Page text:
Lycurgan Influence on Spartan Clothing
Clothing of Spartan Men
Spartans’ clothing indicated compliance to the Lykourgian system. According to Plutarch, adornment was avoided to convey simplicity to neighbouring states, “From the age of twelve they never wore a tunic.” This exposes how the Agelia required bouais to wear chitons whilst protopapas wore himations. This infers how lengthy hair and facial hair conveyed masculinity, contrasting with agoge students. The incorporation of red references reveals the use of Murex mollusks in clothing. Therefore clothing created age distinctions in the agoge.
Clothing of Outcasts
The accuracy of suspected outcast clothing is questionable. According to Myron of Priene helots wore kynes as psychological dehumanisation, however lacking supporting primary evidence. Davids who regards this as ‘uniforms of exclusion,’ relies on Myron’s research whereas Pausanias believes Myron is unreliable considering he questionably placed Aristophanes in the first Messiaen war. Hence this makes the following information questionable; outcasts were to parade nude publicly annually and Tresentes wore distinctive coloured patches with half a beard. Therefore due to a lack of primary evidence the clothing of helots and inferiors is debatable.
Figurine of Spartan woman
Women attire comprised of the doric perplos, chitons and jewellery. Euripides states 'thigh-revellers' would, “go out with bare thighs… to wrestle and run races.” This highlights the use of chitons and women participation in physical activity. Furthermore, make-up and jewellery was forbidden contradicting archaeological evidence of bronze or ivory brooches and pins worn on the peplos. The intricacy and reference to mythology reveals its indication wealth and status, opposing political registrations. Therefore historical evidence reveals the codes of clothing assigned to societal and age classes.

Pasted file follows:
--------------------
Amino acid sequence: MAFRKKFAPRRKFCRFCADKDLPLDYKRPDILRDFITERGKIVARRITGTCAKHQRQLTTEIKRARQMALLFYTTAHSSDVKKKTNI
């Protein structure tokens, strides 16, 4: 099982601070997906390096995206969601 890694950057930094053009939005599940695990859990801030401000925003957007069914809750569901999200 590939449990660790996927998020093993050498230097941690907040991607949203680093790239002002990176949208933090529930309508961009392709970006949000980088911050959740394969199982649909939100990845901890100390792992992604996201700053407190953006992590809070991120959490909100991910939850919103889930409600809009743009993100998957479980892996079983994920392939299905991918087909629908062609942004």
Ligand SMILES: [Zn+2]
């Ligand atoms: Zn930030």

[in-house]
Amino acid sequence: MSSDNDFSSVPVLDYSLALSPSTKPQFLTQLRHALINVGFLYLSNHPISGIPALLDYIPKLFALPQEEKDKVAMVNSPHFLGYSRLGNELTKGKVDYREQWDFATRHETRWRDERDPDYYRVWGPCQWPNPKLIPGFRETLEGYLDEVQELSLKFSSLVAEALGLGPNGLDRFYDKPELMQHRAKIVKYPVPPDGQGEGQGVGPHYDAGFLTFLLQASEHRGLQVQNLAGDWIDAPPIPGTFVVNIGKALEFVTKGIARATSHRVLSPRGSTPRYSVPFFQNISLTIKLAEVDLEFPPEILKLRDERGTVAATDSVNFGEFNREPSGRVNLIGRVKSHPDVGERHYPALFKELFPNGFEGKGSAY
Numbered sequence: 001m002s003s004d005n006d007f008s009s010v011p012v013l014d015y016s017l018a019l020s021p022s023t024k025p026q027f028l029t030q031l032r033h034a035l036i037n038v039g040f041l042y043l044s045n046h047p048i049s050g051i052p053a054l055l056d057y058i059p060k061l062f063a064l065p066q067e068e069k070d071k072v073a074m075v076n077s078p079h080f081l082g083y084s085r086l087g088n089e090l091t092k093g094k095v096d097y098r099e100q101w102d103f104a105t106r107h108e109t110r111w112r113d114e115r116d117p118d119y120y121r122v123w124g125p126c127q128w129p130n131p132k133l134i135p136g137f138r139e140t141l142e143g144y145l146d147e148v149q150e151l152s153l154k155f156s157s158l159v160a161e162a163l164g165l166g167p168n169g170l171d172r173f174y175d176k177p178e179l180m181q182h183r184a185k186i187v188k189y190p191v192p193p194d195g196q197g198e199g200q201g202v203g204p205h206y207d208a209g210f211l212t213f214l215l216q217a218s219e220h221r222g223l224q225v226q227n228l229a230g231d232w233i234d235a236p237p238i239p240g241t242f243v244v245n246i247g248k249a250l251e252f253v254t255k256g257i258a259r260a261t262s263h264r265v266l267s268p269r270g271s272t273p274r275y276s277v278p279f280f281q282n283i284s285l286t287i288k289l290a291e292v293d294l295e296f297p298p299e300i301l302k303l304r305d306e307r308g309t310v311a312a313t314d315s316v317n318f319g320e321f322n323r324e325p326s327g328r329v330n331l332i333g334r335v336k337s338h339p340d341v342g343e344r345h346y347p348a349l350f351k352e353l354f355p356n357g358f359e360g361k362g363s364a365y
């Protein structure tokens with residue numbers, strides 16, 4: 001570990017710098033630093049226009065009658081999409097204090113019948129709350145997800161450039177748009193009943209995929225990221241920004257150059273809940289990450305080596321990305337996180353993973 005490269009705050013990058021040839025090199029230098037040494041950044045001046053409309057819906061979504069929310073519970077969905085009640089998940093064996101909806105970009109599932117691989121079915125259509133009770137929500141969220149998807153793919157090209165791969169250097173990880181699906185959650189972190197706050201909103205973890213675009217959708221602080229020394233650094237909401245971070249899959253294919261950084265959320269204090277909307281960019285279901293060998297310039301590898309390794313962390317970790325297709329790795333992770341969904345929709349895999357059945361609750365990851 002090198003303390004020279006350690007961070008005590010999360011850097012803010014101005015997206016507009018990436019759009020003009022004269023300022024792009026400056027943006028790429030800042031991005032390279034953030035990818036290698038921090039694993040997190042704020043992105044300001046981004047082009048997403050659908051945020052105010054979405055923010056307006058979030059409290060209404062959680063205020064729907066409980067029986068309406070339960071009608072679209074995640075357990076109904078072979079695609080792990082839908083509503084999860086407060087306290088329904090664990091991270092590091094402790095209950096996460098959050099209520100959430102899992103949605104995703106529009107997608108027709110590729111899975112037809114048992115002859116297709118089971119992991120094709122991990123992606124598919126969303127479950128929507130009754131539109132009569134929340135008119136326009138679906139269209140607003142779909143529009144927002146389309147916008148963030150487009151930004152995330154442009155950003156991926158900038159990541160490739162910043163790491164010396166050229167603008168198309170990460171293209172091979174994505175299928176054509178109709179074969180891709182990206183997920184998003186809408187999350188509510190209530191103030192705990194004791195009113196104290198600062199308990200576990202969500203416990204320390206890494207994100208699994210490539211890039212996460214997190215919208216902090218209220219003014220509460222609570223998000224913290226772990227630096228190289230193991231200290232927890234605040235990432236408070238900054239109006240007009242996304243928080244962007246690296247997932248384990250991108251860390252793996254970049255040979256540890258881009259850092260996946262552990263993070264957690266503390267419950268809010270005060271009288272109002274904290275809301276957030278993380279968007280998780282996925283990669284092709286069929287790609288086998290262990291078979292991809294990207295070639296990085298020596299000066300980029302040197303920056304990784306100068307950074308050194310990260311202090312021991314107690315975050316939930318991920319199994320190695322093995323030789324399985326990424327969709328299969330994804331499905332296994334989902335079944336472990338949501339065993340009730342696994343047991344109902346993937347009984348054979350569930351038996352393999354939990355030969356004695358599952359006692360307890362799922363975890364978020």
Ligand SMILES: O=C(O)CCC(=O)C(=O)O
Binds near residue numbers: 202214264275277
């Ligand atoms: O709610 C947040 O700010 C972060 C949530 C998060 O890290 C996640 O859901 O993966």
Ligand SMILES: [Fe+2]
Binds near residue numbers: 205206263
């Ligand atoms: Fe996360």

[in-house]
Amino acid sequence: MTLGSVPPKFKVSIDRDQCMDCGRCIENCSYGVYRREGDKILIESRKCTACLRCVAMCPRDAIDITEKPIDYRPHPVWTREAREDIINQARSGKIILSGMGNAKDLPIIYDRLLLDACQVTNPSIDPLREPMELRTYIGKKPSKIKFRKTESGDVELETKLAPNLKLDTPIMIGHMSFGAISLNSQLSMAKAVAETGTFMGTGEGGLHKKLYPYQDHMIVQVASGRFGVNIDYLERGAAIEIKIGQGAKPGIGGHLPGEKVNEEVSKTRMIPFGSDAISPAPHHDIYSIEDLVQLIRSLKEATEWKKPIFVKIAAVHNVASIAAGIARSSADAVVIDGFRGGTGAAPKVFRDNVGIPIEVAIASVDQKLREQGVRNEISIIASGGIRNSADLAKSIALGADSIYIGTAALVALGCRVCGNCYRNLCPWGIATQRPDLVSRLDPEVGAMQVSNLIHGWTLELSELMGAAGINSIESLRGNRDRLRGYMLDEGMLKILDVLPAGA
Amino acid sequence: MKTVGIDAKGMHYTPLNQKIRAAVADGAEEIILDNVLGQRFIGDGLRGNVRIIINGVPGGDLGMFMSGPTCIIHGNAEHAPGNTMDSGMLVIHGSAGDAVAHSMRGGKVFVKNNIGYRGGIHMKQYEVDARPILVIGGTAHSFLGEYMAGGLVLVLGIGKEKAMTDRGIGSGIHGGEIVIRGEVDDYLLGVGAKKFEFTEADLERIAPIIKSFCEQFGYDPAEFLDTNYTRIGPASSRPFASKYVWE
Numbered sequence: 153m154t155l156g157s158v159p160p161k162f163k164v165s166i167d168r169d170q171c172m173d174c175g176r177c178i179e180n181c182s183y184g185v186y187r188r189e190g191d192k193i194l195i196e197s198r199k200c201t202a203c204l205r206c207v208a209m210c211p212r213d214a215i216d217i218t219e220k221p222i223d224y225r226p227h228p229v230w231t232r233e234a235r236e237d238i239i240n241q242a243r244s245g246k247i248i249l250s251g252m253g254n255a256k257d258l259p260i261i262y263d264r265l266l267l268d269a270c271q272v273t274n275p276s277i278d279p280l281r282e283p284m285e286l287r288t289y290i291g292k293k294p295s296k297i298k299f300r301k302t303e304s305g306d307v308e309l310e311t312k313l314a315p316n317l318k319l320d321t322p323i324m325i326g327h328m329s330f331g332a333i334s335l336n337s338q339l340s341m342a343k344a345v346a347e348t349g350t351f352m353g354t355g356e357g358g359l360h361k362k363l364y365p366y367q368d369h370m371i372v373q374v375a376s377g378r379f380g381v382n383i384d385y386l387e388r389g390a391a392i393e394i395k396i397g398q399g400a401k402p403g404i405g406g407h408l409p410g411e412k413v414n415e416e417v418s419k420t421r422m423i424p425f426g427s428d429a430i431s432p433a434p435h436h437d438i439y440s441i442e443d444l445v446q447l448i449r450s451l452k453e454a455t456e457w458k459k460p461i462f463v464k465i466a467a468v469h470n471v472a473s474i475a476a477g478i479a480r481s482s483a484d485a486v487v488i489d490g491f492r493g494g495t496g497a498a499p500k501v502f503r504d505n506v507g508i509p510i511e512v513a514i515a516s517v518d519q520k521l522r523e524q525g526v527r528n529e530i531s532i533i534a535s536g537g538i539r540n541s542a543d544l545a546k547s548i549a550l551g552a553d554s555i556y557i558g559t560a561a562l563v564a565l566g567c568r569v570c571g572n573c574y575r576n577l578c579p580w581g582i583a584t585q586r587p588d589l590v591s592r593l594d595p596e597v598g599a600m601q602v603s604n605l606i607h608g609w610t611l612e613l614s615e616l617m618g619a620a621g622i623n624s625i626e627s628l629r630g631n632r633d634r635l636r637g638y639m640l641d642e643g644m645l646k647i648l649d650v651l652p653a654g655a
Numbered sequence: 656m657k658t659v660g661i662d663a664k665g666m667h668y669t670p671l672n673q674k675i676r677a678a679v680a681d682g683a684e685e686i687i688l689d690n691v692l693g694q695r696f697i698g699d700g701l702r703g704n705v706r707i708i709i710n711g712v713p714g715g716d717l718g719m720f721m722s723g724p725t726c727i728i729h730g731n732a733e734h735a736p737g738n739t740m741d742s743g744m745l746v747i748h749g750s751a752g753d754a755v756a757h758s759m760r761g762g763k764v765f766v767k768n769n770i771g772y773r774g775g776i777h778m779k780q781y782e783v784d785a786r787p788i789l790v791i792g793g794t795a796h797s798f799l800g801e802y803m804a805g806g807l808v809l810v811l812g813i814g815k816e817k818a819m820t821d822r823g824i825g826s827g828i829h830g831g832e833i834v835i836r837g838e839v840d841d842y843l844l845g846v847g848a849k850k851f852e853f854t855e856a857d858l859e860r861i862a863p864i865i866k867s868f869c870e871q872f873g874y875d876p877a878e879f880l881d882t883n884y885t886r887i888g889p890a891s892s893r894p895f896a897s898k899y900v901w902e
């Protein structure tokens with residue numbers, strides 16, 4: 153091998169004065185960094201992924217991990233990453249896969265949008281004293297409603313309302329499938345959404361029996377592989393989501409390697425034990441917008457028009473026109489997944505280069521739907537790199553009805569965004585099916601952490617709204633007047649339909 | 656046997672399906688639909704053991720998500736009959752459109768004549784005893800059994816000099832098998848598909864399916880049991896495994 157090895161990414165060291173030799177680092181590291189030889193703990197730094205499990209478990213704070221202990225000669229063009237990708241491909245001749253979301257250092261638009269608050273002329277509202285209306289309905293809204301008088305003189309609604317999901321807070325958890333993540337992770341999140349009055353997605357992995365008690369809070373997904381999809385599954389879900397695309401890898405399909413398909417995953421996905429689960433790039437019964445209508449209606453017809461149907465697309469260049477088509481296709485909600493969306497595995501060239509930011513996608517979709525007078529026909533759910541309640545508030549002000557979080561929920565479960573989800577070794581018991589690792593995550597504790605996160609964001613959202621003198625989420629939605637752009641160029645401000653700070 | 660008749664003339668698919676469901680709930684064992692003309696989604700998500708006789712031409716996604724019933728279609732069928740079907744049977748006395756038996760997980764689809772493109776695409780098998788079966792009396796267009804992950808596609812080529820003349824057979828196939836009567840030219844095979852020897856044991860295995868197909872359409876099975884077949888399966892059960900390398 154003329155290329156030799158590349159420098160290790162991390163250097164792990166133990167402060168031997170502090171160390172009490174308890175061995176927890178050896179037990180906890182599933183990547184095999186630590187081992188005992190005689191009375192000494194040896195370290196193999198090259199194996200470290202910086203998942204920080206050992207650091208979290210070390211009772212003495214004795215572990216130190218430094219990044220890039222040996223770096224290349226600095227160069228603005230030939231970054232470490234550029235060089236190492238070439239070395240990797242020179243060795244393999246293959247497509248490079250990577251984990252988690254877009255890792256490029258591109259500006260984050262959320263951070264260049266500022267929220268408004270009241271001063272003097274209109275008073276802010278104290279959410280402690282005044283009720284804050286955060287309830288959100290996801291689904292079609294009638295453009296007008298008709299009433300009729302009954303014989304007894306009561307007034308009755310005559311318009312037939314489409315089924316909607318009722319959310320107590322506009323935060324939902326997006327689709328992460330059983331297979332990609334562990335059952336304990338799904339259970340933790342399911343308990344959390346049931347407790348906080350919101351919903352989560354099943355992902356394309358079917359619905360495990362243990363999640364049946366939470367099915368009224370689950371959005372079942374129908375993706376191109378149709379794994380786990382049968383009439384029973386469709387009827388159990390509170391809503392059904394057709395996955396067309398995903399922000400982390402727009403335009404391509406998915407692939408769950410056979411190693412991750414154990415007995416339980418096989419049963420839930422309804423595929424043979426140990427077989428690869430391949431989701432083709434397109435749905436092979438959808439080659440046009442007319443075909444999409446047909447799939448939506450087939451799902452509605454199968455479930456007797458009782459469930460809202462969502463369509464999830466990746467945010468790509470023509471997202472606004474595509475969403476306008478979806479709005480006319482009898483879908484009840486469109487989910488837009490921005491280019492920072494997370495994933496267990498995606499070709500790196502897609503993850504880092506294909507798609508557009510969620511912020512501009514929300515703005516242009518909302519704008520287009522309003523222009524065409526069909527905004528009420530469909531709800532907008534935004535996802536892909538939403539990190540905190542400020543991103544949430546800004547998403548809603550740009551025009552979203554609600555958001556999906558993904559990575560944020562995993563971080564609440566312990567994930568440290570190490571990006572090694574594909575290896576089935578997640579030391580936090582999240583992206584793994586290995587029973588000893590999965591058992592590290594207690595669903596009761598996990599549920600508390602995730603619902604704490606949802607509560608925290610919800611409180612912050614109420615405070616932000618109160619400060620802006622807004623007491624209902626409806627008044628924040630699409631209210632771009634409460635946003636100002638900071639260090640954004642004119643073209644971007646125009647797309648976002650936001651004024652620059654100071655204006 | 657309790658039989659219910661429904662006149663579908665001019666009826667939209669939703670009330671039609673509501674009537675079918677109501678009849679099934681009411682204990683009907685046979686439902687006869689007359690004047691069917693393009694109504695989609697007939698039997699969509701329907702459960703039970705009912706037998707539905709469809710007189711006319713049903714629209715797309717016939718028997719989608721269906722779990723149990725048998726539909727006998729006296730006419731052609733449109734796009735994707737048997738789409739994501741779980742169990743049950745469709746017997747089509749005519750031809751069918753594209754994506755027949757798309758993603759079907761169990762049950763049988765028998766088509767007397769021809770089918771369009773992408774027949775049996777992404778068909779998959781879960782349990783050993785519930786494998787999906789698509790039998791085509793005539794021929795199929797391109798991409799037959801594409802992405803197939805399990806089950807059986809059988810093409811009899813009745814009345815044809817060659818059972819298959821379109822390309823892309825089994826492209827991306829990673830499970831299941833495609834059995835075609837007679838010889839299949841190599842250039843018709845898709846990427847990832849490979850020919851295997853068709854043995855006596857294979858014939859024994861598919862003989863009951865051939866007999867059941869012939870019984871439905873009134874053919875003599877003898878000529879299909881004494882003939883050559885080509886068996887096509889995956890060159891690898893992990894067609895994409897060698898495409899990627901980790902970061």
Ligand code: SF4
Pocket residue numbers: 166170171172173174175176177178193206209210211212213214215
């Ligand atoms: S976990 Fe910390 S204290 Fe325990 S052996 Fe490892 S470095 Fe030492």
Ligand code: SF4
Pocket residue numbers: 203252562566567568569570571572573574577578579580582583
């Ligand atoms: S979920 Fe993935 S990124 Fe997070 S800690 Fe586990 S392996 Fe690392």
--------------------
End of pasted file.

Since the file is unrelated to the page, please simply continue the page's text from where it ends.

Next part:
Female Spartan Athlete
Lycurgus' influence on Marriage
Idiosyncratic marriage customs was catered to polis prosperity. Plutarch states, “They might meet that some might have children.” This affirms the groom’s obligated secrecy of engagement by capture of “full bloom” brides until pregnancy. This conveys unscientific methods of eugenics to stimulate lust since, “if both parents were strong their children be more robust.” This discloses how selective breeding was directed to produce successful offspring, increasing the probability of the Gerousia’s acceptance. Hence historical evidence reveals marriage customs was monopolized in creating ‘robust’ offspring.
Marriage in Sparta
Lycurgus' Influence on Occupations
Spartan occupations were divided by status. Spartitate men were warriors as for the state, conveying the existence of Hoplites and positions of officials and priests. Women were regarded as child bearers conveyed by Plutarch, "Yes, we are the only ones that give birth to men." Labours were done by the Perioikoi as craftsmen and traders whilst Helots were slaves as Tyrtaeus describes them, “like asses exhausted under great loads.” Therefore it is clear that Spartans occupations were restricted to status as revealed by written and archeological sources.
In conclusion, minimalism was integrated into leisurely activities, food and clothing, the marriage customs to their occupations. Reputable historians have extensively recorded Spartan history, leaving ample evidence to create a broad depiction of the Spartan lifestyle. Thus Lykourgan propaganda and Hellenistic philosophies on physicality and intellect allowed Sparta to conquer surrounding states.
1. Writer873. “The Women of Sparta: Athletic, Educated, and Outspoken Radicals.” Ancient History Encyclopedia 28 Jan. 2012 :1-2. Online.
2. Writer873. “Ancient Greek Clothing.” Ancient History Encyclopedia 18 Jan. 2012 :1-2. online.